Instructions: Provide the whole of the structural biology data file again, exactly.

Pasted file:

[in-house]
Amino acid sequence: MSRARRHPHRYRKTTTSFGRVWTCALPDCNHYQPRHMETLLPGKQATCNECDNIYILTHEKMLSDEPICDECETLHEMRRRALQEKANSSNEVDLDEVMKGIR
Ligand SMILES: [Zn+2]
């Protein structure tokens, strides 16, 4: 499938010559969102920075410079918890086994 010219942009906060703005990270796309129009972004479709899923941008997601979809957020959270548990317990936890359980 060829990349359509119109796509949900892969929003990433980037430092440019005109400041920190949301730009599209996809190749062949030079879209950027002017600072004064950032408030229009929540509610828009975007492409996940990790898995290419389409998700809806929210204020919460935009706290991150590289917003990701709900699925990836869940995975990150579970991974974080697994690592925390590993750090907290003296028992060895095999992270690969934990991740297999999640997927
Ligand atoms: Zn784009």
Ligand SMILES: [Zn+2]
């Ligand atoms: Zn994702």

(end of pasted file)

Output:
[in-house]
Amino acid sequence: MSRARRHPHRYRKTTTSFGRVWTCALPDCNHYQPRHMETLLPGKQATCNECDNIYILTHEKMLSDEPICDECETLHEMRRRALQEKANSSNEVDLDEVMKGIR
Ligand SMILES: [Zn+2]
């Protein structure tokens, strides 16, 4: 499938010559969102920075410079918890086994 010219942009906060703005990270796309129009972004479709899923941008997601979809957020959270548990317990936890359980 060829990349359509119109796509949900892969929003990433980037430092440019005109400041920190949301730009599209996809190749062949030079879209950027002017600072004064950032408030229009929540509610828009975007492409996940990790898995290419389409998700809806929210204020919460935009706290991150590289917003990701709900699925990836869940995975990150579970991974974080697994690592925390590993750090907290003296028992060895095999992270690969934990991740297999999640997927
Ligand atoms: Zn784009």
Ligand SMILES: [Zn+2]
């Ligand atoms: Zn994702």